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208 Redial: Boise guitar maker works with some legends of rock 'n roll

In January of 1984, legendary rock 'n roll band ZZ Top made a stop at the BSU Pavilion, and John Bolin's custom guitar struck a cord with the band's lead guitarist.

BOISE, Idaho — On Wednesday, 72-year-old Dusty Hill, the bassist for ZZ Top, passed away in his home in Houston.

In January of 1984, the legendary rock 'n roll band made a stop at the BSU Pavilion, now known as ExtraMile Arena, in Boise during their Eliminator Tour. As the story goes, Boise guitar maker John Bolin snuck backstage and introduced himself to Billy Gibbons, the band's lead guitarist. Bolin said he was told by Gibbons that he had ten minutes to show him what he had, which he presented a candy apple-red guitar and matching bass that he made in his shop.

The try-out turned into a 20-minute jam session for Gibbons, which then turned into a business deal with Bolin within the following 24 hours. That business deal, Bolin said, was more like family than a business.

The 208 reached out to Bolin on Wednesday, but he said he was too broken up to appear on camera. However, The 208 dug into the KTVB archives and found a story on Bolin that was first reported by Alyson Outen in 2003.

"I just have a real love for guitars and started thinking well, somebody has to make these things," Bolin said at the time.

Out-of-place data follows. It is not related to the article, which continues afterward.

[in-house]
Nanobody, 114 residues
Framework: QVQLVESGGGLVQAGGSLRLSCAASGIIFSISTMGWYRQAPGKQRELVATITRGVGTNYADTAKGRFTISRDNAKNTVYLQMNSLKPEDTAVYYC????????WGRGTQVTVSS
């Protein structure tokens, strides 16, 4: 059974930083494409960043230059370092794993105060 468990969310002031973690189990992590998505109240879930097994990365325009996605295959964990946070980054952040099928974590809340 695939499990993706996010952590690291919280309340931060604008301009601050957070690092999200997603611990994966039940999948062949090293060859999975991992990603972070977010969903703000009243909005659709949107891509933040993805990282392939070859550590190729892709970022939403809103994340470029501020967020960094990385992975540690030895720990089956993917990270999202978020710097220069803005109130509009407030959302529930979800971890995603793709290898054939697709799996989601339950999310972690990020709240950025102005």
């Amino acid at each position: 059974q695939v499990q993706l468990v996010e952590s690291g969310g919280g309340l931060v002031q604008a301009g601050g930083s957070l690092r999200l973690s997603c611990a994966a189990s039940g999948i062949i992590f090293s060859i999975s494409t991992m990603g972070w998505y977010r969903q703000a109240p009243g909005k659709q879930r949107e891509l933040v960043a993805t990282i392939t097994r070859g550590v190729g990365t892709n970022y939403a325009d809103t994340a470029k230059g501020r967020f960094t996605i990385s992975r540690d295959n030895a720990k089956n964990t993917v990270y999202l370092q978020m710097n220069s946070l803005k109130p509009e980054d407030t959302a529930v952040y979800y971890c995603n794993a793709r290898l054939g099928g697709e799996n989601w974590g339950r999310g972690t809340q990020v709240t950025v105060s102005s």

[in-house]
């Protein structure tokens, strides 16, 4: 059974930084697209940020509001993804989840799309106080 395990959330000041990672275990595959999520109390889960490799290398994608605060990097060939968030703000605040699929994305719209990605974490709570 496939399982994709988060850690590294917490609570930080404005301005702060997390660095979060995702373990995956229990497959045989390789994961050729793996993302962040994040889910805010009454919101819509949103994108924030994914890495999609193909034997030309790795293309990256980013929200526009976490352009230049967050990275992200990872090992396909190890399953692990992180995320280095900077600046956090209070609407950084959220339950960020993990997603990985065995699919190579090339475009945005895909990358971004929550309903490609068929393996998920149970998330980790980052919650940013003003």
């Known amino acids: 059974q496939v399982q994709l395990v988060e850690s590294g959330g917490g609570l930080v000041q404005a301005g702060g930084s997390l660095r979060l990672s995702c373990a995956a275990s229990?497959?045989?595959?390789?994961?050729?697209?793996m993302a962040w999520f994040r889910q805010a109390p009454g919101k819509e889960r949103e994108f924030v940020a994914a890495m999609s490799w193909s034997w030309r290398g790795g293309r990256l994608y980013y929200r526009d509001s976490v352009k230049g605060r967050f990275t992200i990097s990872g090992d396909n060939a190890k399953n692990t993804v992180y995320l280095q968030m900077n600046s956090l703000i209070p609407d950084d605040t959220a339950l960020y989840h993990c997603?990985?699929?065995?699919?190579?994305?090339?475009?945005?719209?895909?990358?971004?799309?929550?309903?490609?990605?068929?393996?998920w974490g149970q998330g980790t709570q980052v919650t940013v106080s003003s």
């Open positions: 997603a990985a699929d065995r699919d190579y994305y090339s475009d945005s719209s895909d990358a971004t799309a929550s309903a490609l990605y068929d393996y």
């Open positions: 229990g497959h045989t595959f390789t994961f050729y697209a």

Nearly 20 years ago, Bolin said he had spent the previous 25 years designing and building guitars in his Boise studio. His career took off in the 1980s when he first met Gibbons.

Soon, word spread fast through the music industry and Bolin was soon making guitars for Aerosmith, Stevie Ray Vaughn, the Dixie Chicks and Steve Miller. Some of his custom guitars sold for more than $10,000.

Bolins reached for the stars when he made a guitar for Keith Richards of The Rolling Stones.

"I've had this idea to build Keith Richards a guitar for about 5 years now, I've had some parts kind of stashed away and finally I got in the mood to do it," he said.

During the worldwide Live Licks Tour, Keith Richards and Ronnie Wood switched to Bolin guitars during the group's signature song.

"It just worked. The colors and the inlay, we did a lot of gold and silver, we did this wild violet pink color for it," said Bolin. "The Rolling Stones really gave me my satisfaction and I know that sounds kind of cliché, but it did."

Editor's Note: Watch the video above for the full report from 2003.

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